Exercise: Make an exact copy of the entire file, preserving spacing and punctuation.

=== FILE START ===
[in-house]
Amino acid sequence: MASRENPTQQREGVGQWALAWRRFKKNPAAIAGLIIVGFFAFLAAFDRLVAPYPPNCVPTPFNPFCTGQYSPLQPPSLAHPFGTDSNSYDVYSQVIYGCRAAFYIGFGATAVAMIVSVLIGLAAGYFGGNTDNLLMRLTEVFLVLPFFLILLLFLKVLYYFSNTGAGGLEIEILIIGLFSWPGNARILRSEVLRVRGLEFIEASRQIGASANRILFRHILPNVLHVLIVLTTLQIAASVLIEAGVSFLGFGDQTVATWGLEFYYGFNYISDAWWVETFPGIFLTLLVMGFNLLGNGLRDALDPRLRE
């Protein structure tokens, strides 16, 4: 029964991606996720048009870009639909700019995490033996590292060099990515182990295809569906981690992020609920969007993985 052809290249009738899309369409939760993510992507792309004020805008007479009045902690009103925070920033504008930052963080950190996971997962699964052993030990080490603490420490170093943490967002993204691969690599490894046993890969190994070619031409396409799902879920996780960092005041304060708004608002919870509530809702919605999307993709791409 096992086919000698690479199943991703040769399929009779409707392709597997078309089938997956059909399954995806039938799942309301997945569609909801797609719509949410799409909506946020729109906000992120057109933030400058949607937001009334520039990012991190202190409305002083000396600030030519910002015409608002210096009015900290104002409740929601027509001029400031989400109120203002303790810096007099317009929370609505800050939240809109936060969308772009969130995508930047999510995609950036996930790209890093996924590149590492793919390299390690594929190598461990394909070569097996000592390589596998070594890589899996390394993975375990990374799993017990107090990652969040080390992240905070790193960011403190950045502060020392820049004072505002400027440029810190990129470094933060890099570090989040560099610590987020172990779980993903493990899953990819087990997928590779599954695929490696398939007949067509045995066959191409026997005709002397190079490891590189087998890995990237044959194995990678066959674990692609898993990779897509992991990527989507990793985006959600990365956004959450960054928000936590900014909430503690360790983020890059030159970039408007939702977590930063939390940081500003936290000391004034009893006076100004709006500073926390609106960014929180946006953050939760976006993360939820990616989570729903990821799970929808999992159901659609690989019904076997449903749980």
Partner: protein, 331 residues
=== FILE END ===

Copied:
[in-house]
Amino acid sequence: MASRENPTQQREGVGQWALAWRRFKKNPAAIAGLIIVGFFAFLAAFDRLVAPYPPNCVPTPFNPFCTGQYSPLQPPSLAHPFGTDSNSYDVYSQVIYGCRAAFYIGFGATAVAMIVSVLIGLAAGYFGGNTDNLLMRLTEVFLVLPFFLILLLFLKVLYYFSNTGAGGLEIEILIIGLFSWPGNARILRSEVLRVRGLEFIEASRQIGASANRILFRHILPNVLHVLIVLTTLQIAASVLIEAGVSFLGFGDQTVATWGLEFYYGFNYISDAWWVETFPGIFLTLLVMGFNLLGNGLRDALDPRLRE
């Protein structure tokens, strides 16, 4: 029964991606996720048009870009639909700019995490033996590292060099990515182990295809569906981690992020609920969007993985 052809290249009738899309369409939760993510992507792309004020805008007479009045902690009103925070920033504008930052963080950190996971997962699964052993030990080490603490420490170093943490967002993204691969690599490894046993890969190994070619031409396409799902879920996780960092005041304060708004608002919870509530809702919605999307993709791409 096992086919000698690479199943991703040769399929009779409707392709597997078309089938997956059909399954995806039938799942309301997945569609909801797609719509949410799409909506946020729109906000992120057109933030400058949607937001009334520039990012991190202190409305002083000396600030030519910002015409608002210096009015900290104002409740929601027509001029400031989400109120203002303790810096007099317009929370609505800050939240809109936060969308772009969130995508930047999510995609950036996930790209890093996924590149590492793919390299390690594929190598461990394909070569097996000592390589596998070594890589899996390394993975375990990374799993017990107090990652969040080390992240905070790193960011403190950045502060020392820049004072505002400027440029810190990129470094933060890099570090989040560099610590987020172990779980993903493990899953990819087990997928590779599954695929490696398939007949067509045995066959191409026997005709002397190079490891590189087998890995990237044959194995990678066959674990692609898993990779897509992991990527989507990793985006959600990365956004959450960054928000936590900014909430503690360790983020890059030159970039408007939702977590930063939390940081500003936290000391004034009893006076100004709006500073926390609106960014929180946006953050939760976006993360939820990616989570729903990821799970929808999992159901659609690989019904076997449903749980």
Partner: protein, 331 residues